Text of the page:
Name: Kyle Wightman
Occupation: On-air announcer/producer
Place of Residence: Prince George, BC
Employer: The Wolf 97 FM for Prince George Vista Broadcasting
What's the job, man?
Three days a week, Wightman is an “on air” personality for Wolf 97 FM, playing “modern country and the best Southern rock” out of Prince George. In addition, Wightman is a standout at his station for pre-producing scripts by adding effects. These scripts are used to voiceover cues to call for contests, community event announcements, station promos and other elements of “imaging” for the station. His exceptional skills have recently earned him a promotion in that area. Wightman assists with the imaging for three other stations within the Vista Broadcasting network in Quesnel, Williams Lake and Vanderhoof. He also spends two hours each shift doing production: voicing commercials and promos for the station's clients. In between, he does some online and in-the-field research to decide what he will tell his listeners.
A little bit of life experience helped Wightman get his first break. “Since high school I always wanted to be working on the radio,” says Wightman. “When I applied to [the British Columbia Institute of Technology] for their radio broadcasting program, they had said one of the reasons for me getting accepted—which is tough to do—was that I had gone traveling for six months.” After finishing school, Wightman was known as the Wolf 97 FM's van driver. He landed his first full-time job as a radio DJ in Prince George after manning the station's community cruiser for two years.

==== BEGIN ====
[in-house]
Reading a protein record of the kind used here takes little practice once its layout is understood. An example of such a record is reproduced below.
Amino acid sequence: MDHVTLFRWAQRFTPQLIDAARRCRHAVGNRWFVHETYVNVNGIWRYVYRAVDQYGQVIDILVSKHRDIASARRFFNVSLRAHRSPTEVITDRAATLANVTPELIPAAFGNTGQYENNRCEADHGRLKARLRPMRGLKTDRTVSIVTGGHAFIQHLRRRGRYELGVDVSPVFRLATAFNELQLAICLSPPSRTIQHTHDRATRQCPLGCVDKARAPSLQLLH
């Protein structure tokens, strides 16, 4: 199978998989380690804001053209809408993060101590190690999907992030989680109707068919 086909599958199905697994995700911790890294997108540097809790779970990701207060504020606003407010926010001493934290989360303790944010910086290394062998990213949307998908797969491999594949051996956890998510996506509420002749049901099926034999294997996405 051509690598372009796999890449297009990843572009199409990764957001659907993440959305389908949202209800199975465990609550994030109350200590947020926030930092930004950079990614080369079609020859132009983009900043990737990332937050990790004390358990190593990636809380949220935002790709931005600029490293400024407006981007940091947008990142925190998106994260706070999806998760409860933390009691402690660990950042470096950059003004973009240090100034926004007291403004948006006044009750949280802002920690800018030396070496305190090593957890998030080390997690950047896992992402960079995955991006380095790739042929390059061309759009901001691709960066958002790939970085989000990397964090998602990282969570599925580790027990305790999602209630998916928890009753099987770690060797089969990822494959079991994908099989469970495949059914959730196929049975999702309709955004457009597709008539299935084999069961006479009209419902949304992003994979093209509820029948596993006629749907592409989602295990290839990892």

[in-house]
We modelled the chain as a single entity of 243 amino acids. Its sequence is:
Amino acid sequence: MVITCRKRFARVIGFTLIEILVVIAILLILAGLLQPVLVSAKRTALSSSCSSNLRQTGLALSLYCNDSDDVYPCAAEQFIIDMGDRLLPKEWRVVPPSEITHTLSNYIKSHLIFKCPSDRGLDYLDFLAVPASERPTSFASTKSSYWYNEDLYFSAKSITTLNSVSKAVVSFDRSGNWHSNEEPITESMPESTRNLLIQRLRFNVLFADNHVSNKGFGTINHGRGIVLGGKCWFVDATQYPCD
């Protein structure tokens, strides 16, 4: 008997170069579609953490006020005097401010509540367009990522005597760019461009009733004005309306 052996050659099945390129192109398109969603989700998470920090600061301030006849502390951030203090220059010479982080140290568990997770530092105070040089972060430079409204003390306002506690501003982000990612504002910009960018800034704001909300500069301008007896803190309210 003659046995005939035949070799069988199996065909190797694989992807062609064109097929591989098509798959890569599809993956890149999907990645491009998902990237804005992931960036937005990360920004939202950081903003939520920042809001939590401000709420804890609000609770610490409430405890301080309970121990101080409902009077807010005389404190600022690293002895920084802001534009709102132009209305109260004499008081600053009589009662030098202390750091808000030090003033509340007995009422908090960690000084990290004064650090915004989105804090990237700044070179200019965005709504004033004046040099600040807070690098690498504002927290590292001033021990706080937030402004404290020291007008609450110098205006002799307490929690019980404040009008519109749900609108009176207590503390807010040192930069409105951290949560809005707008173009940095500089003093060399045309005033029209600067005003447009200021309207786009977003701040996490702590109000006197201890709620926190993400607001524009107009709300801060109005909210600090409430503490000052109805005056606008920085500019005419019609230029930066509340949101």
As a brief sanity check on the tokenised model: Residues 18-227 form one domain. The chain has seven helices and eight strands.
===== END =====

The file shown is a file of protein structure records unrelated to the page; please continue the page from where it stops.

Something to keep in mind...
An open mind can be a useful tool in an industry as vast as broadcasting. “Most people who work [at Wolf 97 FM] actually saw themselves doing something different then what they are,” says Wightman. “I originally wanted to be a sports broadcaster. That changed a long time ago, but I never thought I would be doing all the producing and imaging that I do now.” Down the road, Wightman says it is possible that he may become a full-time producer.
Personality also goes a long way in this industry. "The voice doesn’t matter, " says Wightman. "Nobody wants just big pipes, it's all about personality. I sound like I am 18! Over the top personality is what is going to get you places in this field."
Why you want this job:
“There are obviously heaps of perks!” says Wightman. “Free golf, hockey games, movies, beer, concerts, no line-ups at the bars are all a part of it. And I have had the opportunity to meet some great people and celebrities and party with them. But being able to be a part of the community and be looked up to is probably the most rewarding.” When Wightman chronicled his attempt to quit smoking on air, listeners called in with their support. Some even joined him in trying to quit.
Why you might not want this job:
Rookies may have to make a big move to get started. Being able to adapt to small town living is useful. Most of the entry-level jobs are available in smaller markets where the pay is not always great. Also, it doesn't hurt to be interested in a broad range of music.
Do you gotta like what you play?
Wightman likes country music more now than when he first started working at Wolf 97 FM. He has earned a reputation as a bit of a “log hacker.” Wightman usually breaks up the song lists passed down to him from the station's music director with a few of his own selections.
Talk the talk:
"Imaging" is a general term for promos produced by radio stations, used to clearly position the station within the marketing place. This defines the station as recognizable product to its listeners.
Median salary for radio news announcer: $25,000; Range for smallest to largest markets: $7,100 to $102,676 (US dollar figures from Excite.com).